Signs and symptoms of meningitis in babies and toddlers

Meningitis and septicaemia can happen together. Be aware of all the signs and symptoms of them in babies and toddlers. It is especially important to keep an eye on babies since they are unable to communicate when they are not feeling well

Meningitis signs and symptoms - babies

DO NOT wait for a rash. If your baby or toddler is ill and getting worse, get medical help immediately.

Symptoms can appear in any order. Some may not appear at all.

Common signs & symptoms of meningitis and septicaemia in babies and toddlers.

  • Child with a fever

    Fever, cold hands and feet

  • Child vomiting

    Refusing food and vomiting

  • Child looking fretful

    Fretful, dislike being handled

  • A sleepy child

    Drowsy, floppy, unresponsive

  • Child breathing rapidly

    Rapid breathing or grunting

  • A pale child

    Pale, blotchy skin. Spots/rash.
    See the Glass Test

  • Crying child

    Unusual cry, moaning

  • Soft spot on child

    Tense, bulging fontanelle (soft spot)

  • Child disliking the light

    Stiff neck, dislike bright lights

  • Child having convulsions

    Convulsions/seizures

Early symptoms can include:

Fever, headache, vomiting, muscle pain and fever with cold hands and feet.

Someone with meningitis or septicaemia can get a lot worse very quickly. Keep checking them.

Trust your instincts – Get medical help immediately

Get medical help immediately

Why are the under-5s at risk?

Babies and young children are particularly vulnerable to meningitis as they cannot easily fight infection because their immune system is not yet fully developed. The most common causes of meningitis are bacteria and viruses.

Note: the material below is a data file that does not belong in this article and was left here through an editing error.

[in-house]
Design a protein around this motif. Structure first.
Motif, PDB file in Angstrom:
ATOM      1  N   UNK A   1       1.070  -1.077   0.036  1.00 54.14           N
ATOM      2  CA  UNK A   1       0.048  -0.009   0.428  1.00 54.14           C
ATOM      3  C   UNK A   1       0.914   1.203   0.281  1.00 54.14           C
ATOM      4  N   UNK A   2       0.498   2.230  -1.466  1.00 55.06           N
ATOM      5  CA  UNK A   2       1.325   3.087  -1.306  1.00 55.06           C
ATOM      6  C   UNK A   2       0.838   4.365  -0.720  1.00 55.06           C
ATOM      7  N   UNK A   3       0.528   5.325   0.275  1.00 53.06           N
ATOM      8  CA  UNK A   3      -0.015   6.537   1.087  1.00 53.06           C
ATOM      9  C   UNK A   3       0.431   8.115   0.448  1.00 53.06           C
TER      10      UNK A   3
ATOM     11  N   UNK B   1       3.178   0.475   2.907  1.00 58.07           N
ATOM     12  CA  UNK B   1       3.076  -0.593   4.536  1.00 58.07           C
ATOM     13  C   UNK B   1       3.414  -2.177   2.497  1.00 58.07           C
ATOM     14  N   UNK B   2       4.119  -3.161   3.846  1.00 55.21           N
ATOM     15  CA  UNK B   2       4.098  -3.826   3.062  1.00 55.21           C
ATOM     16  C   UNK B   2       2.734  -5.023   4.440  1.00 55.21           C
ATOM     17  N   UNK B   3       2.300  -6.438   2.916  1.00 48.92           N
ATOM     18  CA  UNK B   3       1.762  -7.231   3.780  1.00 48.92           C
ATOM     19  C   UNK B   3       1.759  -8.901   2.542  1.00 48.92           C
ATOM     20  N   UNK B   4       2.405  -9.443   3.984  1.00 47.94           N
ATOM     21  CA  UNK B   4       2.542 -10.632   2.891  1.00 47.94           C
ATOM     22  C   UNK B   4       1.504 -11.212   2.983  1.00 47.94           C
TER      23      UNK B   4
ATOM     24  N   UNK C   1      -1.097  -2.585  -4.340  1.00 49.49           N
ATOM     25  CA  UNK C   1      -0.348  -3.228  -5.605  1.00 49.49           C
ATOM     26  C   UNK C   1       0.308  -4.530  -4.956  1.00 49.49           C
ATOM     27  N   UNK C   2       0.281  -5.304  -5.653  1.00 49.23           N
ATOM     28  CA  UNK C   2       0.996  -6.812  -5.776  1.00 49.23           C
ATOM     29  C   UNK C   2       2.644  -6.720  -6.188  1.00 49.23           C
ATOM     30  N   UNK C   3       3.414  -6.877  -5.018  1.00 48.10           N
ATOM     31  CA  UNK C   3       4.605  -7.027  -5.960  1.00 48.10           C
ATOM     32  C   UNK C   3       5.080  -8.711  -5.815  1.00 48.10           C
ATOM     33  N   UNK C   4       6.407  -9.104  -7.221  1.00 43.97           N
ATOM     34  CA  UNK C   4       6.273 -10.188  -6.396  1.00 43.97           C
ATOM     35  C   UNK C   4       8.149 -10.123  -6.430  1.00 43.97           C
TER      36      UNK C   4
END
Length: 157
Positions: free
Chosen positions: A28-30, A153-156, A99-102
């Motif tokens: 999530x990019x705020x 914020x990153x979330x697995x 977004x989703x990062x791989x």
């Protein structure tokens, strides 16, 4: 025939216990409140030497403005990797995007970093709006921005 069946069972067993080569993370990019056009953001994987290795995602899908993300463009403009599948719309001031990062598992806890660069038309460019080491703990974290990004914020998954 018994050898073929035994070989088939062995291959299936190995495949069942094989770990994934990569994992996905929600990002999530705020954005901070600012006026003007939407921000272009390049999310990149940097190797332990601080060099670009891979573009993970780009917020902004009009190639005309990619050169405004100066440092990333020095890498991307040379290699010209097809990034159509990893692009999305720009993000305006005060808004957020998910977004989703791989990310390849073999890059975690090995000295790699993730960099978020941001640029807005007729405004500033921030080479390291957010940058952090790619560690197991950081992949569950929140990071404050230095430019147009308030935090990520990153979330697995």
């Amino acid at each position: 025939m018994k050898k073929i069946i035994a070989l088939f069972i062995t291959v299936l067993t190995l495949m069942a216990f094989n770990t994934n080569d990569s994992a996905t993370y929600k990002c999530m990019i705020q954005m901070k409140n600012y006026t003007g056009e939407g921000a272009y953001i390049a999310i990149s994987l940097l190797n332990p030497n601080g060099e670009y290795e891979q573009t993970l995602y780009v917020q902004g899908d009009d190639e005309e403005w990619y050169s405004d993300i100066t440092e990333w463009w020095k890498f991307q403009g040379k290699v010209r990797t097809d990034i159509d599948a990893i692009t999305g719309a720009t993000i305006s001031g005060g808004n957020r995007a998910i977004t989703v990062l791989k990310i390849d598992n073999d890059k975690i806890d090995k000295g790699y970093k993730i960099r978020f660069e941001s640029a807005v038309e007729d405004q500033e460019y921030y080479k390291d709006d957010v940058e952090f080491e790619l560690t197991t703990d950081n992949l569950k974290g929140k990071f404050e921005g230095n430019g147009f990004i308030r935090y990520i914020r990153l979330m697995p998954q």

Viral meningitis is rarely life-threatening, but can still make babies and young children very unwell. Most children will make a good recovery, but recovery can be slow. 

Bacterial meningitis can be fatal and needs rapid admission to hospital and urgent medical treatment. Whilst most children will make a good recovery, around 10% will die and some will be left with lifelong disabilities.

Find out more about the after-effects of meningitis and septicaemia.

Some bacteria that cause meningitis can also cause septicaemia (blood poisoning). The rash associated with meningitis is actually caused by septicaemia. You should never wait for a rash, it can be a late sign or may not appear at all. Learn more about the rash and glass test.

Download more information about meningitis in babies and children under 5.


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